But this week, it appeared that Marchesa was inching toward a comeback. On Monday, actress Scarlett Johansson became the first star to wear the label again — on the highly visible Met Gala red carpet, no less, in a deep red gown with flower appliques.

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Q&A: Cohen’s ties to Trump, corporate clients pose questions

WASHINGTON — Attorney Michael Cohen’s simultaneous relationship with Donald Trump and several blue chip companies that paid him for insight into the new president strikes legal experts as unusual and has triggered questions about client confidentiality.

Cohen’s arrangement stands out, even in Washington where corporations, trade associations and other organizations spend upward of $3 billion annually to influence legislation and get access to the highest levels of government. He appears to have worked as Trump’s personal lawyer while at the same time accepting tens of thousands of dollars from third parties to disclose information about his client.

“If Cohen was representing the president as an attorney, which he has certainly argued was the case, then Cohen’s obligations as a member of the bar would seemingly make this arrangement troubling,” said Josh Rosenstein, a partner with the Washington firm Sandler Reiff and a specialist in lobbying compliance.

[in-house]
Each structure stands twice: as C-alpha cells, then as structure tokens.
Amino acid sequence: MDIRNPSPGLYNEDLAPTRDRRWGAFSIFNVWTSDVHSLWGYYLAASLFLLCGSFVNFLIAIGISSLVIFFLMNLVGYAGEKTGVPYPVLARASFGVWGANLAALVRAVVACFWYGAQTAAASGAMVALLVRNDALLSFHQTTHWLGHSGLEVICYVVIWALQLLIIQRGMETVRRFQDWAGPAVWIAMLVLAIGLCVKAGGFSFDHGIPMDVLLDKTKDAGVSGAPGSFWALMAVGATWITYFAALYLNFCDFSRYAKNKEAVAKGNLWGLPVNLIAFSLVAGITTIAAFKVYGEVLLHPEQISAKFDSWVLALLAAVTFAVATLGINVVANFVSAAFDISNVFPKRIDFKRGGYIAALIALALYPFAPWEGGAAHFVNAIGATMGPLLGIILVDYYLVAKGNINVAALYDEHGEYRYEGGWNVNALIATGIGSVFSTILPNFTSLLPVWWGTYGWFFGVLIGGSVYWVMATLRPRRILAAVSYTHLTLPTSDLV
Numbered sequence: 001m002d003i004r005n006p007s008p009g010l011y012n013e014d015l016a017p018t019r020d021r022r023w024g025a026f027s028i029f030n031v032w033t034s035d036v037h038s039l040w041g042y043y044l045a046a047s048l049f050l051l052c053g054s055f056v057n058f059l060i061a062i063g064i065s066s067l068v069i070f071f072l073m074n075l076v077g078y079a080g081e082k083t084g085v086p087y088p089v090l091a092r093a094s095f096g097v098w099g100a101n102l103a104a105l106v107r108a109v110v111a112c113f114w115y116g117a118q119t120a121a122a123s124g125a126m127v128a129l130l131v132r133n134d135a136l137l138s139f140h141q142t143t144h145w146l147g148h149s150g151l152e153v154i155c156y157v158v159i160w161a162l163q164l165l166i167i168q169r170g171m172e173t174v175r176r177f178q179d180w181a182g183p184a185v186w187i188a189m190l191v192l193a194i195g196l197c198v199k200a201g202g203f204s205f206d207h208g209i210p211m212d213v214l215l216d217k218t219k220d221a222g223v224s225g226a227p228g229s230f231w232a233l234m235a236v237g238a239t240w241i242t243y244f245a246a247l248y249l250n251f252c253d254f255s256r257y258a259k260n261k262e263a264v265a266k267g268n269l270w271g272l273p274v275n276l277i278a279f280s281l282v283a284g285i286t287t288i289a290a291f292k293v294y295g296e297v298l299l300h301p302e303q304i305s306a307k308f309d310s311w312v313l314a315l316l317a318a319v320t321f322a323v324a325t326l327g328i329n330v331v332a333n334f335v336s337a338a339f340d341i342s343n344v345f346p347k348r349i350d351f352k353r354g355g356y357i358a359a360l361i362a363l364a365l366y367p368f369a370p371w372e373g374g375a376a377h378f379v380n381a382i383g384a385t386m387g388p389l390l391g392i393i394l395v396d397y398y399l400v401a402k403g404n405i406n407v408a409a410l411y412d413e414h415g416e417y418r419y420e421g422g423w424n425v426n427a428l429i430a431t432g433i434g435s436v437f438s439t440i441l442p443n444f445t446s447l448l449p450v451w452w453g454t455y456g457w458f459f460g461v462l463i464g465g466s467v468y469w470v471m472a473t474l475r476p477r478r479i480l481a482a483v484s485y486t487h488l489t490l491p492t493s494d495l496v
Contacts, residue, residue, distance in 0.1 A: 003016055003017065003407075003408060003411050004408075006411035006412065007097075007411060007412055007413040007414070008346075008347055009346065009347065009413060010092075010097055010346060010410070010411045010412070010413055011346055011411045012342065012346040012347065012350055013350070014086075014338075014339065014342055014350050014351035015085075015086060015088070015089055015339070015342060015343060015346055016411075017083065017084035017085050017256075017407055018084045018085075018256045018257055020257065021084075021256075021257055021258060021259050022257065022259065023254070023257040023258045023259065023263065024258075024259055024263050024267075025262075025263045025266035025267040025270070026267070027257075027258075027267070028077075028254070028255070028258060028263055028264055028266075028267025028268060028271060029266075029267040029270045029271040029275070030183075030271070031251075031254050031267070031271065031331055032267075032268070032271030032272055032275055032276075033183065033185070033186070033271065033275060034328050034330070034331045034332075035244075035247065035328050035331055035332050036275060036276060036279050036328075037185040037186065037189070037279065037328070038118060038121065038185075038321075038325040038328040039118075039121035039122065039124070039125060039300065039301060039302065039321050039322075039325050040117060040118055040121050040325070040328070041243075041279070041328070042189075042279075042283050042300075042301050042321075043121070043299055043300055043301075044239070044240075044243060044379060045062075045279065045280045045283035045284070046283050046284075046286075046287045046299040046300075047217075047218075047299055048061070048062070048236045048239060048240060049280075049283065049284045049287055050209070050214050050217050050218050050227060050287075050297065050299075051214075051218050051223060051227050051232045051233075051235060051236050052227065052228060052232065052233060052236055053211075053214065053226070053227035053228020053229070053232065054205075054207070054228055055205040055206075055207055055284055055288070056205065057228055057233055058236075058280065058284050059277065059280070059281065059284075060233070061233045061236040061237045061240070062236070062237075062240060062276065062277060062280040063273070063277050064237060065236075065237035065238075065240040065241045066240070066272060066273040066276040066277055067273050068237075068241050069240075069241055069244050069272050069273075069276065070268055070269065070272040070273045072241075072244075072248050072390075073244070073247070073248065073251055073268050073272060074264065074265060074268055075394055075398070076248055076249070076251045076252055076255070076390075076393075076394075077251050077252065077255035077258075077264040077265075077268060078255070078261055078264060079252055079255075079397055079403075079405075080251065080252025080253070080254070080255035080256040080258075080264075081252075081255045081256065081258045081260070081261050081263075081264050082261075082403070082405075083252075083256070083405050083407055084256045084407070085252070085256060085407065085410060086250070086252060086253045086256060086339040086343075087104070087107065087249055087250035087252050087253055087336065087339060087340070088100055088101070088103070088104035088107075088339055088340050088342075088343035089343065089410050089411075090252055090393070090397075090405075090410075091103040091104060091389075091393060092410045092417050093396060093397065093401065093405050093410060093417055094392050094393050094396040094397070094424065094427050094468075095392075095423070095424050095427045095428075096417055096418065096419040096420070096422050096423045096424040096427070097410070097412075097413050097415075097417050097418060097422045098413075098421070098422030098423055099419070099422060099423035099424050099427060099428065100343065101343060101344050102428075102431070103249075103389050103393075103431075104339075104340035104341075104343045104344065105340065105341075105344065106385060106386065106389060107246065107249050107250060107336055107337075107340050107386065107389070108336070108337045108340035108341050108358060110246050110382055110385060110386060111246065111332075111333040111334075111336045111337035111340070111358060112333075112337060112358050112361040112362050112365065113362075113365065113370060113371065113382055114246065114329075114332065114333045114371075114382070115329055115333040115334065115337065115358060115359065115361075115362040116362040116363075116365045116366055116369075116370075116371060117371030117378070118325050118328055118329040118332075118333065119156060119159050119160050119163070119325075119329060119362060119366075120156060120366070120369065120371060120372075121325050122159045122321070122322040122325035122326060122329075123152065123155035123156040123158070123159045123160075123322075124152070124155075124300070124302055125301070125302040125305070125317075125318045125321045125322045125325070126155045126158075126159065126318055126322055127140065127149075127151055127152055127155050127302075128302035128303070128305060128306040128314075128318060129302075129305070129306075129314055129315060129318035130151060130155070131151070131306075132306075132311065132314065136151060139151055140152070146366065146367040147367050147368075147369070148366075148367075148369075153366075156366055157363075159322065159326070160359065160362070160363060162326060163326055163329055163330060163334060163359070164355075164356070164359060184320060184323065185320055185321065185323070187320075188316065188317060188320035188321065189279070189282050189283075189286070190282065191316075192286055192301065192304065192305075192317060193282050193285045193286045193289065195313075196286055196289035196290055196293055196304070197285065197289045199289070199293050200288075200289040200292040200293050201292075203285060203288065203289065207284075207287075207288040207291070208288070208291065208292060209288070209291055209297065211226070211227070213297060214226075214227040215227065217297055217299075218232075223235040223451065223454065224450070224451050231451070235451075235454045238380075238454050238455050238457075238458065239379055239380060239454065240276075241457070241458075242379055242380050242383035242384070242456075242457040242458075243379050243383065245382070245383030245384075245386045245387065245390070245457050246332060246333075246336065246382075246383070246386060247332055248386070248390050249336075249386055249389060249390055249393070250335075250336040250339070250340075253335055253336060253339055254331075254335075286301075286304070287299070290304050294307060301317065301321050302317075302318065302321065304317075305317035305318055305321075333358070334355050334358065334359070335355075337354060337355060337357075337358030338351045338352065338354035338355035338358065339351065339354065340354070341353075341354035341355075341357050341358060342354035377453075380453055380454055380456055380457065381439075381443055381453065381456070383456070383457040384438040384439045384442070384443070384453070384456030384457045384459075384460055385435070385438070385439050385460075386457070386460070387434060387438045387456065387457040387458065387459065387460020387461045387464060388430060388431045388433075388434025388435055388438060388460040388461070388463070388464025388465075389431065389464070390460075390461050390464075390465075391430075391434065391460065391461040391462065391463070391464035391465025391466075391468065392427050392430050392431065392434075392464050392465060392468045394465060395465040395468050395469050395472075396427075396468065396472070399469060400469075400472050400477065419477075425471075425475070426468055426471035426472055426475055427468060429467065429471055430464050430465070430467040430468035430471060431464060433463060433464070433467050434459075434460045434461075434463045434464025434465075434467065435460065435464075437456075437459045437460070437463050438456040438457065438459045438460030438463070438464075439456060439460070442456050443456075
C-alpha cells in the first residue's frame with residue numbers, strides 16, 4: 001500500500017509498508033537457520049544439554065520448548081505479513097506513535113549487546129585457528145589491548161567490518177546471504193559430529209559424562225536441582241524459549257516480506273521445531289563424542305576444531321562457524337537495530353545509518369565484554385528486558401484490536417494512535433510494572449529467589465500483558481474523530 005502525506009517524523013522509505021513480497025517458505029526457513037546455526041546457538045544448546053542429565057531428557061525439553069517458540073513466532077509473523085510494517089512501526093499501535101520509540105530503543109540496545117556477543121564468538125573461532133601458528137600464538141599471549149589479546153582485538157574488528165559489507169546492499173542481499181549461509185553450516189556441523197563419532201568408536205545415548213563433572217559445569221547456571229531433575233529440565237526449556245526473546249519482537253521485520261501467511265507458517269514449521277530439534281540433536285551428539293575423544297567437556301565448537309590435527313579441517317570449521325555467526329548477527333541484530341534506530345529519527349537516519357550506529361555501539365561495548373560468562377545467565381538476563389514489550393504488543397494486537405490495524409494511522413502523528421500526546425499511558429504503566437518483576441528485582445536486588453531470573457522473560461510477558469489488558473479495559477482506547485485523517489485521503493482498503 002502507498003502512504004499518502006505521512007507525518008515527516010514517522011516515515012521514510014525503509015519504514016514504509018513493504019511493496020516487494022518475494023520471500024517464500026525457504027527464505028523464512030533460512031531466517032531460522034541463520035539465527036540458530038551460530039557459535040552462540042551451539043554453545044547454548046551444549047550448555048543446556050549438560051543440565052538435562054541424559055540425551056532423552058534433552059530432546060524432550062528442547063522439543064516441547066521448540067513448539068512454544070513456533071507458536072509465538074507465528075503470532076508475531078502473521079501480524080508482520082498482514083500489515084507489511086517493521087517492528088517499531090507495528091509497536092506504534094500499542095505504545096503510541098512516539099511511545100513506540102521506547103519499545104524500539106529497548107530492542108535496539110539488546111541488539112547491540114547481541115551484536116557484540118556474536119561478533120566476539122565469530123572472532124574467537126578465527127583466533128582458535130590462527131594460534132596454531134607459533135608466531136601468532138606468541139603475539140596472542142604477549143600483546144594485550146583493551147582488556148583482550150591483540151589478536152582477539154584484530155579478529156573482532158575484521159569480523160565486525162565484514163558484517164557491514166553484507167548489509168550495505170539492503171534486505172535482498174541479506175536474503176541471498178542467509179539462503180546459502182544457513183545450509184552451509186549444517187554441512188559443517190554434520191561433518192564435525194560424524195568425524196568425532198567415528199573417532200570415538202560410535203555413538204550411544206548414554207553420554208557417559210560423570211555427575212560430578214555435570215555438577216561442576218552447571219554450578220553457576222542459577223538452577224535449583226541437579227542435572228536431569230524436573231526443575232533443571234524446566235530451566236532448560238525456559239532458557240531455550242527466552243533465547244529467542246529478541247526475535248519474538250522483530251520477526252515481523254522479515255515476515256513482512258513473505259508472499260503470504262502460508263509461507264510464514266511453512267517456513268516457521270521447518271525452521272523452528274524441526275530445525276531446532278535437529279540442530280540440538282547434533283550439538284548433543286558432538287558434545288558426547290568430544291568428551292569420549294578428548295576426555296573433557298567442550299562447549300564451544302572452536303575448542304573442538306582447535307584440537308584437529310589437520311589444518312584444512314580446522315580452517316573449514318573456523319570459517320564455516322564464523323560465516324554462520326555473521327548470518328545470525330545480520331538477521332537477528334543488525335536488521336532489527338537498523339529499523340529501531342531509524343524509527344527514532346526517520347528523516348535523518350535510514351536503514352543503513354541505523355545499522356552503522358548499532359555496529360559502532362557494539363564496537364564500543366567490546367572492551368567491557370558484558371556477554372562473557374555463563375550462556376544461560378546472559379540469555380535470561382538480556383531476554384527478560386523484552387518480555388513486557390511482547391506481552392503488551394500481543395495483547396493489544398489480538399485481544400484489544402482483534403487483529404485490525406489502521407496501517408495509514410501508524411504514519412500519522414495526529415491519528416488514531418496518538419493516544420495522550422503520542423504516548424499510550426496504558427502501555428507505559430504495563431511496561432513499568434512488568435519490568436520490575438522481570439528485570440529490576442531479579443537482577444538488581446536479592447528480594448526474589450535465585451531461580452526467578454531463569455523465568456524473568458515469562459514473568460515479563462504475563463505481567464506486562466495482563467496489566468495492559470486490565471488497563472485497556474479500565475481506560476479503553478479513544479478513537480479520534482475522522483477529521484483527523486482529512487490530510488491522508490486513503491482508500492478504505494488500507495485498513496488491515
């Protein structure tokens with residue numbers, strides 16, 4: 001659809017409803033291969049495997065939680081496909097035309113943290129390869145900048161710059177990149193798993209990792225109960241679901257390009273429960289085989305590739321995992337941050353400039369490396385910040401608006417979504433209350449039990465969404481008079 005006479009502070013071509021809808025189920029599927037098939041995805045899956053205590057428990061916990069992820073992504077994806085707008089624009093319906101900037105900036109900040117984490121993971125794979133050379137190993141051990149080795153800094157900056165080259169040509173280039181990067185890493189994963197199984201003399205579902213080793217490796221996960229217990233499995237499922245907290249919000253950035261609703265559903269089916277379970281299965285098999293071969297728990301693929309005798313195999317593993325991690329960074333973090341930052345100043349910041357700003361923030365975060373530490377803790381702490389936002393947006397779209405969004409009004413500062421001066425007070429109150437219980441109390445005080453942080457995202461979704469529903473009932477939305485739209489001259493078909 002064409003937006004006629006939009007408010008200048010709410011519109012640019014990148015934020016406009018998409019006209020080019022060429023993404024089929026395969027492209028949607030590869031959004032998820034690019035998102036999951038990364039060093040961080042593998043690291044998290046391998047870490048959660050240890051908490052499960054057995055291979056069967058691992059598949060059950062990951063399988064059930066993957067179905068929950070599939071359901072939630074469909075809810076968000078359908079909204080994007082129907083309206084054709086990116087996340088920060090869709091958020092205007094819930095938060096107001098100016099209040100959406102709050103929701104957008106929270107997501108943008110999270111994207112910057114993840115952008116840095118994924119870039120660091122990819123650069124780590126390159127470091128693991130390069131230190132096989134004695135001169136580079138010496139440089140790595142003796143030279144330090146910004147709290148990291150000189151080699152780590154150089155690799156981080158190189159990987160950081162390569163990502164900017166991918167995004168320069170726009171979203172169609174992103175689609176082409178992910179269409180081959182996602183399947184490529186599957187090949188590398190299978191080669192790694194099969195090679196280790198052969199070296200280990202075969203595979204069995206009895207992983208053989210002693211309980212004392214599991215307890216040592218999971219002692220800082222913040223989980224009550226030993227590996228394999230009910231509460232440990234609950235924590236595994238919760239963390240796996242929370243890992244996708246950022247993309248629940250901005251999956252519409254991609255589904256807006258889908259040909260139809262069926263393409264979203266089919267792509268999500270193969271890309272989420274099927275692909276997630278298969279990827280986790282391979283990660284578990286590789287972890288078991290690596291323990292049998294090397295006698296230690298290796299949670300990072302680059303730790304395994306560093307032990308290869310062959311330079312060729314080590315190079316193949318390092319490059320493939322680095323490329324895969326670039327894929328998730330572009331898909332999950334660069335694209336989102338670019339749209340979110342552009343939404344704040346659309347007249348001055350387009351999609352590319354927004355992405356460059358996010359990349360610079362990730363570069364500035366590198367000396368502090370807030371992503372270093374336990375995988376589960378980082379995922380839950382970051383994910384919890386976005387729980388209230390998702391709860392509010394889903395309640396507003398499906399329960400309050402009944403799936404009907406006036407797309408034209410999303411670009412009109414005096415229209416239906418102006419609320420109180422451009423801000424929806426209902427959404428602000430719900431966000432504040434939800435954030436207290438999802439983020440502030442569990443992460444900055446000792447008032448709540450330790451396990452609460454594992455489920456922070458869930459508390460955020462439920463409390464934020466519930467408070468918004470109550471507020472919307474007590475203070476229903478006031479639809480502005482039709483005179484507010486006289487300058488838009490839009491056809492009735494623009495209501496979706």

Rosenstein said that if Cohen had Trump’s permission to reveal confidential information about him, then the implications may be significant. For example, it may be possible evidence that Trump knew what Cohen was doing and was involved, he said.

“So the devil is in the details,” Rosenstein said. “What did the president believe these payments would be used for? What did the president believe he was giving to the companies in exchange for the payments?”

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In taking on high drug prices, Trump faces a complex nemesis

WASHINGTON — Before taking office, President Donald Trump railed against the pharmaceutical industry and accused it of “getting away with murder.”

The populist rhetoric appears to be giving way to a more nuanced strategy focused on making the pharmaceutical market more open and competitive, with the aim of lowering costs for consumers.

It’s an approach that could avoid a direct confrontation with the powerful pharmaceutical lobby, but it could also underwhelm Americans seeking relief from escalating prescription costs.

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On Friday, Trump is scheduled to give his first speech on an overarching plan to lower drug prices. Administration officials previewing the speech Thursday touted it as the most comprehensive plan to tackle prescription drug costs that any president has ever proposed, but offered few specifics.

Officials said the plan would increase competition, create incentives for drugmakers to lower initial prices and slash federal rules that make it harder for private insurers to negotiate lower prices. The result would be lower pharmacy costs for patients — a key Trump campaign promise.